“Are You Stressed?” Asked the Physician…

…in his monotonous voice. I was visiting him for weeks of severe back pain and insomnia. This was the first time that I was hearing this question in the six years that he had been my physician, a family friend who I often interacted with at social gatherings, the man I respectfully called “Uncle”. As usual his eyes fastened to his computer, click click click he typed away, noting my yes’s and no’s. I sat there mulling his words in my head. “Stressed?” I uttered.

Imagine the classic South Asian immigrant family, placing high values on education and success in the land of opportunities. That was my family. I too pushed myself with AP courses, extra-curriculars, community activities; plate always full, even overflowing at times. When I felt overwhelmed in high school, I too would say “I’m stressed.” My dad, the man who grew up youngest of five in poverty, who had courage to move to America in his forties, who had worked days and nights to make ends meet, undoubtedly my hero, would say that I didn’t know what stress was and that my troubles in life would never amount to “stress. Permission to feel overwhelmed, stressed, was rejected time and again. Not to consciously demoralize me, but I believe rather to prepare me for adversities. 

From then on, I suppressed it all. The stress, struggles in class, self-worth, self-image, bulimia, trust issues, heartbreaks, all of it. Having witnessed multiple accounts of domestic violence, I knew from a young age that I wanted to become someone who didn’t let men take advantage of her needs in life, someone who was going to be educated, independent, respected, and loved. Seeing how hard my parents worked to give such opportunity that many girls in India didn’t have, I felt obligated to succeed. I was willing to work as hard as I had to, even if it meant gluing self-care onto that back burner. The more I suppressed, the harder I worked, the harder I worked, the more stressed and doubtful I became, feeding into a vicious cycle.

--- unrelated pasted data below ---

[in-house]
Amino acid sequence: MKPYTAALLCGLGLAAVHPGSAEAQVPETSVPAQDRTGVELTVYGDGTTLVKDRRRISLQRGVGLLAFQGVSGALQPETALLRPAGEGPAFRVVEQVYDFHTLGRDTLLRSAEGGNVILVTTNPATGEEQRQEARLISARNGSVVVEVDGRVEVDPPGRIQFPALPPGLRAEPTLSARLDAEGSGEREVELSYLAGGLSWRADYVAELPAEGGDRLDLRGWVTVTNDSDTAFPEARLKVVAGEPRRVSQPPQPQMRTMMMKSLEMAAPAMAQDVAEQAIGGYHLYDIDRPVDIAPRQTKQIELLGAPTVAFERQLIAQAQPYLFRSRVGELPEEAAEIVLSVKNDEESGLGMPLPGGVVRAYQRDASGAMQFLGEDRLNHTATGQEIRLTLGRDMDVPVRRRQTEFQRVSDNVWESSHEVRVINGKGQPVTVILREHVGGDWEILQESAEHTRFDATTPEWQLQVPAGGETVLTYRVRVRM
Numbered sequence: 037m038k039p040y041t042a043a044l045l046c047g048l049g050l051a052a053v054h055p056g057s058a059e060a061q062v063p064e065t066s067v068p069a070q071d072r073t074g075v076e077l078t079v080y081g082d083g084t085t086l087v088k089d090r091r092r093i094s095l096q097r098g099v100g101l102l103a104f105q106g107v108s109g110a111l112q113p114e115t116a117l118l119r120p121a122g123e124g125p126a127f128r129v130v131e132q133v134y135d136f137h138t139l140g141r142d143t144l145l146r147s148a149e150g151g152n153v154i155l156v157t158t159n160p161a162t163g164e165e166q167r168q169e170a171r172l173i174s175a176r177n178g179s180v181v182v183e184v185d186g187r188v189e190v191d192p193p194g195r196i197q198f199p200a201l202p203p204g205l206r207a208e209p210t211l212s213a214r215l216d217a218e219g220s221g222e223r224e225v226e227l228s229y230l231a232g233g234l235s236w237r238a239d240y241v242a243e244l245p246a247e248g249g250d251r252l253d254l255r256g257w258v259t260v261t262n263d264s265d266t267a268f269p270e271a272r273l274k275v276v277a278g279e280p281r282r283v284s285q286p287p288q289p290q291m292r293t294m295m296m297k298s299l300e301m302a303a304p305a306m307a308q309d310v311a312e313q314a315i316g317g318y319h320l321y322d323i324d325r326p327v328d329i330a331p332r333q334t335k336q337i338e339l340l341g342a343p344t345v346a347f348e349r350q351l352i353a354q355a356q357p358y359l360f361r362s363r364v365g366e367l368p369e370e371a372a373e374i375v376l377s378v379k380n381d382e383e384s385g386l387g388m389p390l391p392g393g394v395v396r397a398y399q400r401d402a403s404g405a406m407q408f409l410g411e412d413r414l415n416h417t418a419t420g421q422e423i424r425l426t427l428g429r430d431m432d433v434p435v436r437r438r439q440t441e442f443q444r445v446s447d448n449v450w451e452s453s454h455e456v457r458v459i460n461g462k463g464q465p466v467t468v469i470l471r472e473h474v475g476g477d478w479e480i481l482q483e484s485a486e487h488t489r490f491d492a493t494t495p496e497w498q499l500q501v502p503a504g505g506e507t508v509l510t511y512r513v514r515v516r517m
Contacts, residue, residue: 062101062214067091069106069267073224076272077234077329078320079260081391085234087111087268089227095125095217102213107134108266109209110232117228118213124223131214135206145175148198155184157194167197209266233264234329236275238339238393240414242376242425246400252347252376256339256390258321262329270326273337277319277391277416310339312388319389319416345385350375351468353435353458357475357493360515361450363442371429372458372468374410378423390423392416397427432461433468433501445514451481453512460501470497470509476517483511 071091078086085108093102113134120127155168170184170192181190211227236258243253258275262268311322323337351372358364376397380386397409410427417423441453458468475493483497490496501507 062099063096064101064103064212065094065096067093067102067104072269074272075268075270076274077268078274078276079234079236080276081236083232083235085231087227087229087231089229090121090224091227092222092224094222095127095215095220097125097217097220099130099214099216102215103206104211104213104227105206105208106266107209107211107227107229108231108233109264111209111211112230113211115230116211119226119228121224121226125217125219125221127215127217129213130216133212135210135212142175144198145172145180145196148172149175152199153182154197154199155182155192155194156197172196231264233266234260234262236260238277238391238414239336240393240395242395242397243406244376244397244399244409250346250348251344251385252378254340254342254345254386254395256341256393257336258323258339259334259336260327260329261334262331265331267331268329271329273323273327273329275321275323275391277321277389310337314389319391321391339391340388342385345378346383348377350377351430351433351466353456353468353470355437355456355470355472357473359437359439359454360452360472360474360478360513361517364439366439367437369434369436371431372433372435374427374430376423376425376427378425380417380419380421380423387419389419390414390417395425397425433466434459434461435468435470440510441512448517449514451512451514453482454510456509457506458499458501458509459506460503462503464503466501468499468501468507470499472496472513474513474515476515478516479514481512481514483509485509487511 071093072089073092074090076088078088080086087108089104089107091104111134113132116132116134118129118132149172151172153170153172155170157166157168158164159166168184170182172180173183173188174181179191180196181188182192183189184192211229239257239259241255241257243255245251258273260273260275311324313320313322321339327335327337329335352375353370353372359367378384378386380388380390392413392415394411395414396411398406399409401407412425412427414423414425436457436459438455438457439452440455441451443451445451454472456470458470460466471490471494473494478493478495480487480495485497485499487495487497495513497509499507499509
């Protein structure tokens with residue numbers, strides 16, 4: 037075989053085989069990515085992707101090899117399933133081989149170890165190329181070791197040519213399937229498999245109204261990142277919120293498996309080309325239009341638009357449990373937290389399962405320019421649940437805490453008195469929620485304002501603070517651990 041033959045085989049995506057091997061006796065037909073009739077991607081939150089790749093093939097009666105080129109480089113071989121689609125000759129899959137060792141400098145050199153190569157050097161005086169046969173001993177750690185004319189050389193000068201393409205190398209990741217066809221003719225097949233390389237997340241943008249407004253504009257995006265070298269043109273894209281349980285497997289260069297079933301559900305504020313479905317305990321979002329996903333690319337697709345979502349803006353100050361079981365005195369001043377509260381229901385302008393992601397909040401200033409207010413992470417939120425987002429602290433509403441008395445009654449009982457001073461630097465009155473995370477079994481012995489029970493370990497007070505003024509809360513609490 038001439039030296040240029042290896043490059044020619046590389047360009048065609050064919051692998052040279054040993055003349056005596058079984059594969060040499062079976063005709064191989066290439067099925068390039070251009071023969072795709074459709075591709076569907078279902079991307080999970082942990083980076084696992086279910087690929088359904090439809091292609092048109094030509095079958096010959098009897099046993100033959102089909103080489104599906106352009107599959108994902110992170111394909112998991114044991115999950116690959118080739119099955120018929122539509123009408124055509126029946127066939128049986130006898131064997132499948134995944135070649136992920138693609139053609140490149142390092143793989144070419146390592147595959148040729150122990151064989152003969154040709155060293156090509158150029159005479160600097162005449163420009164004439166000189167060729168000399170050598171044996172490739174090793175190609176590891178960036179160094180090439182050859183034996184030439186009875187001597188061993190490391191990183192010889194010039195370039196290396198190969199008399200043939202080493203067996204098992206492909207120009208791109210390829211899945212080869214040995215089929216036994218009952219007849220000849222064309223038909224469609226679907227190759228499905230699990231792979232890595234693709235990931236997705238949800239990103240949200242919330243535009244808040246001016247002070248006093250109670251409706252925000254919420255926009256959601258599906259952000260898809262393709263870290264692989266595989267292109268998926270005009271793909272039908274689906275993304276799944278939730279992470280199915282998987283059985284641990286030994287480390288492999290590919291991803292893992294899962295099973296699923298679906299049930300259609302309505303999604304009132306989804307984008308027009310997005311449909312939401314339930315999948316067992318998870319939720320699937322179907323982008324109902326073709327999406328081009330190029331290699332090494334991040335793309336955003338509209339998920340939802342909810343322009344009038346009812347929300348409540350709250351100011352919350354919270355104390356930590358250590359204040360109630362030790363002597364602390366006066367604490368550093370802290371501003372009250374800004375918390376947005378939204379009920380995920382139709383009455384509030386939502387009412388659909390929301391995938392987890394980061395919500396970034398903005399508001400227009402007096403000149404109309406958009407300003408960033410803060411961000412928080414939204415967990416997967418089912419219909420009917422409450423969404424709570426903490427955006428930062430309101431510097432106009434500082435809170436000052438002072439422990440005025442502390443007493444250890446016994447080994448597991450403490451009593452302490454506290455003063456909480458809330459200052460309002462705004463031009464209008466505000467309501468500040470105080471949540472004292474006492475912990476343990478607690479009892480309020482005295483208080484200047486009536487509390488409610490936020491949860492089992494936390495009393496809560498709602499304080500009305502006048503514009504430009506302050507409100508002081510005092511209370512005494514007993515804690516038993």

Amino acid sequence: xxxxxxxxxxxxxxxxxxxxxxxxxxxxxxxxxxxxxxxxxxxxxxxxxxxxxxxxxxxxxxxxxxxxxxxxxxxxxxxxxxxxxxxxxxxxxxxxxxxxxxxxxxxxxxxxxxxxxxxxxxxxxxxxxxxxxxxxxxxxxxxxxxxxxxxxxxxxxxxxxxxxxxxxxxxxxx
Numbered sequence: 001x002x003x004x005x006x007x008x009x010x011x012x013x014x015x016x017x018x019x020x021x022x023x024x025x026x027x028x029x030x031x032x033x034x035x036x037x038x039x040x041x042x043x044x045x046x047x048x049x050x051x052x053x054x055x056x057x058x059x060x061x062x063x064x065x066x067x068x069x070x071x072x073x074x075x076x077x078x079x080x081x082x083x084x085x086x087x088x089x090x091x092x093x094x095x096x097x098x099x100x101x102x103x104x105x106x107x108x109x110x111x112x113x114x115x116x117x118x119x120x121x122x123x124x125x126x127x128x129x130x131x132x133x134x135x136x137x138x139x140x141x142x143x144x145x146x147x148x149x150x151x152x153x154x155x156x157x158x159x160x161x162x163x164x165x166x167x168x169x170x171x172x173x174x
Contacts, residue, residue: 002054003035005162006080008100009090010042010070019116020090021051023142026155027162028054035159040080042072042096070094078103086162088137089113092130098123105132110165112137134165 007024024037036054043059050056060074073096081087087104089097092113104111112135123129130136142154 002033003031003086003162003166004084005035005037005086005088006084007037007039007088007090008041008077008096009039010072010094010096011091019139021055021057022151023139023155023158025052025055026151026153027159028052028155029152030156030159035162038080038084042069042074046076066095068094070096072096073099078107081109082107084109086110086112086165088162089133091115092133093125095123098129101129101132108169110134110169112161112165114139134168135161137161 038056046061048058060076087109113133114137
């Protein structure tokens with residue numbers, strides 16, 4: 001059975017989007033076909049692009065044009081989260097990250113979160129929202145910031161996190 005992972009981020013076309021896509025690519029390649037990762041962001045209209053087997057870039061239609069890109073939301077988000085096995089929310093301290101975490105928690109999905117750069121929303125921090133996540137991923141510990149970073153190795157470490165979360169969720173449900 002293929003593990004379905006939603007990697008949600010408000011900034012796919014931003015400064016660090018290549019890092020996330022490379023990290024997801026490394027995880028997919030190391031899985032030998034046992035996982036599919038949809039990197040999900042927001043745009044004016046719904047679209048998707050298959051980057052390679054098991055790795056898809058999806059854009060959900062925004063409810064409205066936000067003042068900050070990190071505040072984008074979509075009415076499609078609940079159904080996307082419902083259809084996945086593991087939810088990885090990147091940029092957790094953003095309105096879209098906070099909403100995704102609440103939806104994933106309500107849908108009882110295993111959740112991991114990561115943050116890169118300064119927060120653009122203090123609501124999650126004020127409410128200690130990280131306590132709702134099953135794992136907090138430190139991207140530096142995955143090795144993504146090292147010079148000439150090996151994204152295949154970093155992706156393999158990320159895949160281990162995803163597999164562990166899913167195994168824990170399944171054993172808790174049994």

And then one day in third year of college, I broke. Having performed poorly on MCAT for a second time broke the straw bent from recent heartbreak, poor class performance, hold on research project, along with myriad of other events. The monstrous cycle had won and I felt defeated despite my efforts. I became a disappointment to myself.

I didn’t know what to do, who to turn to, and even if I did turn to someone, where would I start? From childhood, high school, college, classes, looks, from where? I couldn’t tell my family that I had failed on my dream after all their support. I felt I had no control over my life’s direction. So I decided to end it all. I decided I was going to walk into middle of the street and let the first car take my life. Fortunately, as I started walking towards the road, an acquaintance ran into me. Seeing me weep, he insisted that I talk to him. I refused, but he was adamant about giving me company. In his attempts to crack a few corny jokes, I found someone who cared that I was feeling overwhelmed. I thought to myself, maybe today‘s not the day to end it all. Later that week, when I had recurrent thoughts to end my life, I asked to meet up with him. I told him about some of the things going through my head. That was the first time that I had ever spoken with someone from the desi community, in fact any community, about issues with my mental health. He listened, he sympathized.